Google invests $740M in Australia amid calls for more regulation

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Alphabet CEO Sundar Pichai.

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Google has had a contentious relationship with the Australian government in 2021, at one point with the Silicon Valley giant Threats to remove Google Search from the country, When Google on Monday announced that it was investing $740 million (AU$1 billion) in Australia’s digital infrastructure over the next five years.

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“We want to help Australia shape the next wave of innovations,” Sundar Pichai said in a pre-recorded video statement. He said the money will go to further developing Australia’s cloud infrastructure, building Google’s first research hub Down Under, and establishing local partnerships that tackle local and global issues such as clean energy generation and finding ways to protect the Great Barrier Reef .

Speaking at Google’s offices in Sydney, Australian Prime Minister Scott Morrison called it “a billion dollar vote of confidence in Australia’s digital economy strategy”. The strategy he refers to is his government’s $880 million (AU$1.2 billion) initiative launched in May To invest in AI, quantum computing, blockchain and other technologies.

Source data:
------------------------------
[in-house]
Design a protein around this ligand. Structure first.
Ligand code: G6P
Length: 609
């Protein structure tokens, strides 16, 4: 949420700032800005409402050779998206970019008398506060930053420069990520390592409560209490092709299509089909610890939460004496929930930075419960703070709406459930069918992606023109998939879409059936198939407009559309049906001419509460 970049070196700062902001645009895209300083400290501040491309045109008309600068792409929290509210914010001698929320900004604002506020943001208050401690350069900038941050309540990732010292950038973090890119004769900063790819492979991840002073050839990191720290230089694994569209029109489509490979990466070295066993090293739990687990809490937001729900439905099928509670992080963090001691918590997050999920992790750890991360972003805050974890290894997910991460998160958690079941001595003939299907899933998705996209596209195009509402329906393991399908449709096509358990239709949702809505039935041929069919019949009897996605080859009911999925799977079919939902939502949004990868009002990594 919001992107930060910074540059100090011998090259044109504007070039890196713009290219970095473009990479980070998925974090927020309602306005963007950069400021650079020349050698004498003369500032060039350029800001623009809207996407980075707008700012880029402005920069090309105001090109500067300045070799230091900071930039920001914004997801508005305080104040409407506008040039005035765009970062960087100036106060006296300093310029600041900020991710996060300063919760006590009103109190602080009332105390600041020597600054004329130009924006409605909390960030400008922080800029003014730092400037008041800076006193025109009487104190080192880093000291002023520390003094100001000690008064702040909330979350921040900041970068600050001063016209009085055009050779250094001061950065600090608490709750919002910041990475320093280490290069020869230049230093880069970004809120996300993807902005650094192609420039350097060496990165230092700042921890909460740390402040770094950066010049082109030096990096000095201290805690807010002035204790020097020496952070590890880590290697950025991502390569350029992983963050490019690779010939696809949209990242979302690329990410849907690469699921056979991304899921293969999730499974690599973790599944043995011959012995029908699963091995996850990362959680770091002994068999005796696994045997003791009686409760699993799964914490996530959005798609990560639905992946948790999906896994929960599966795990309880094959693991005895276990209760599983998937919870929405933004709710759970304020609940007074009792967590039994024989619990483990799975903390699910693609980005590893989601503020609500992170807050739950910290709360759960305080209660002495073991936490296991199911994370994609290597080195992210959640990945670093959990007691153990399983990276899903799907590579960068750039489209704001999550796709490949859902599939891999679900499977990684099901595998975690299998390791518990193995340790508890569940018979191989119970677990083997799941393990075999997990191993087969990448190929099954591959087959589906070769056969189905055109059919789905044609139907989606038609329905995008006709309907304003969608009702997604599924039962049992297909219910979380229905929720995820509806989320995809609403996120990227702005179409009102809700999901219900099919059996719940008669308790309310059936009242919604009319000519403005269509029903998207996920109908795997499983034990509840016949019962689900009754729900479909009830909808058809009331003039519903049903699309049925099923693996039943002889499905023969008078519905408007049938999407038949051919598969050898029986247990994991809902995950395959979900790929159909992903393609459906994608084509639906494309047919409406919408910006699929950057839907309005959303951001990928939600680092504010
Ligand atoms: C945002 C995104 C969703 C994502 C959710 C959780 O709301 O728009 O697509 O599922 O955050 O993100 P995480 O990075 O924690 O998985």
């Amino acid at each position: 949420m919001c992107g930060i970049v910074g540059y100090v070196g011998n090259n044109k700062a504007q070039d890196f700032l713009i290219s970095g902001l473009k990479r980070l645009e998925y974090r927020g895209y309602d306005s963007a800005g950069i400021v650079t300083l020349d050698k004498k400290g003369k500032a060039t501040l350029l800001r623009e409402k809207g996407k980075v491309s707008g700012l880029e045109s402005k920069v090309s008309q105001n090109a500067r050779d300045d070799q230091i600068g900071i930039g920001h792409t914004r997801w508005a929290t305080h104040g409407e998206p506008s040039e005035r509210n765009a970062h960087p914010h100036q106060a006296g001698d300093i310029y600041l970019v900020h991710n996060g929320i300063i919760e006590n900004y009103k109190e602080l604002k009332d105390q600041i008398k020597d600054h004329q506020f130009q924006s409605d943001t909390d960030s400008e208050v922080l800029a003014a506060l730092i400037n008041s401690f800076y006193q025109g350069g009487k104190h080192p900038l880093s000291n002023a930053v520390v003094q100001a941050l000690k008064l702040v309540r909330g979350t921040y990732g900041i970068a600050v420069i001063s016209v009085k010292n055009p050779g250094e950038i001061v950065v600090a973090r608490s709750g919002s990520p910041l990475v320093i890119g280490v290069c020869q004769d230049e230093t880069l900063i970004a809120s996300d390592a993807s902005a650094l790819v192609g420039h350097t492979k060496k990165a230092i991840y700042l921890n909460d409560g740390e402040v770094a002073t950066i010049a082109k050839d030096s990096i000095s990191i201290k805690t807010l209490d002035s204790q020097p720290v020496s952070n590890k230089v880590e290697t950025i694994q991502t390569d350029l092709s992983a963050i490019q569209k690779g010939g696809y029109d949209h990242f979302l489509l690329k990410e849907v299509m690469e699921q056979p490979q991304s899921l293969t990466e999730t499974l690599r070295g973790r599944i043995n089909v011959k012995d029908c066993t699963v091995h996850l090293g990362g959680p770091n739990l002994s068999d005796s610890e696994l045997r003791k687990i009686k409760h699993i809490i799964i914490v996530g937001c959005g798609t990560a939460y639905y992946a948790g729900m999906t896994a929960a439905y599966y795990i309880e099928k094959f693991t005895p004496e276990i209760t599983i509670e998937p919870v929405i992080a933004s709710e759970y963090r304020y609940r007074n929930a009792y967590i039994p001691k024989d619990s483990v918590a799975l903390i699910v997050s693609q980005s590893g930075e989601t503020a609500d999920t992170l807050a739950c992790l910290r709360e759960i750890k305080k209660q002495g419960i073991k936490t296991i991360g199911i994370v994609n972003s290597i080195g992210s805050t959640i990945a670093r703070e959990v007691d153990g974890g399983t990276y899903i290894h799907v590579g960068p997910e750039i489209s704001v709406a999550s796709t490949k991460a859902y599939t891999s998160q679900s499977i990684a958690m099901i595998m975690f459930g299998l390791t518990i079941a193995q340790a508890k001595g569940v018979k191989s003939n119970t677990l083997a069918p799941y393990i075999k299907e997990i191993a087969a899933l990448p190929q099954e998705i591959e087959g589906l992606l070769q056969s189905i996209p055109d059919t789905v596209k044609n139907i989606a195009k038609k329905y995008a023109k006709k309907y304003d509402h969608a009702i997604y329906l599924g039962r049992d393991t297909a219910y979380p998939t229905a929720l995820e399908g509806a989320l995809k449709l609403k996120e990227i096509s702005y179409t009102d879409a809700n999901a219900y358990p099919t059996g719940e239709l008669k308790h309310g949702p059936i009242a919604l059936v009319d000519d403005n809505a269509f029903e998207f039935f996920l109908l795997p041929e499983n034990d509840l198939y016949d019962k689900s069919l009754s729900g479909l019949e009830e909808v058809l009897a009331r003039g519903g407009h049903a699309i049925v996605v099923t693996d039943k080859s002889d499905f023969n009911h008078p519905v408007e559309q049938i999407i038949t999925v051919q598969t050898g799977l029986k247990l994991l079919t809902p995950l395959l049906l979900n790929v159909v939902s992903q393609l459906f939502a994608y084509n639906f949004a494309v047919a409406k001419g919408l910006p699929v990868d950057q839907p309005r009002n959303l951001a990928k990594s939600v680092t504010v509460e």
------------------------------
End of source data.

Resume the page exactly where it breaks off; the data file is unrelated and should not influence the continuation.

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It is the latest twist in Australia’s turbulent 2021 with US tech titans. In January, as Australia’s parliament was working on a bill that would force Google and Facebook to pay media publications whose content populates Google searches and appears on Facebook feeds, Google revamped its search platform. Threatened to be pulled from Australia entirely. Cooler heads eventually prevailed (though Facebook Blocked Australian news for a few days), the aforesaid media bill became law And Google has since big money deals To pay Australian media companies.

Although Prime Minister Morrison was smiling at Google’s Australian headquarters on Monday (Tuesday morning Australia time), the confrontation with Google may not be entirely in the past. Australia’s competition watchdog, which petitioned for a longstanding news media bill that eventually became law, is once again in Google’s crosshairs. in September it released a report Saying that Google has exercised its dominance in edtech — where Google makes most of its money – To hurt competition in the industry, and advised heavy regulation. Google dismissed the allegation,

“I particularly appreciate the approach that Google has taken to tackle some of the toughest issues,” Morrison said on Monday, in reference to his government’s dispute with the tech giant earlier in the year. “But we sat down, we’ve worked them through and I think we’ve got the right outcome for the citizens of Australia and the technology future that we both want to embrace.”

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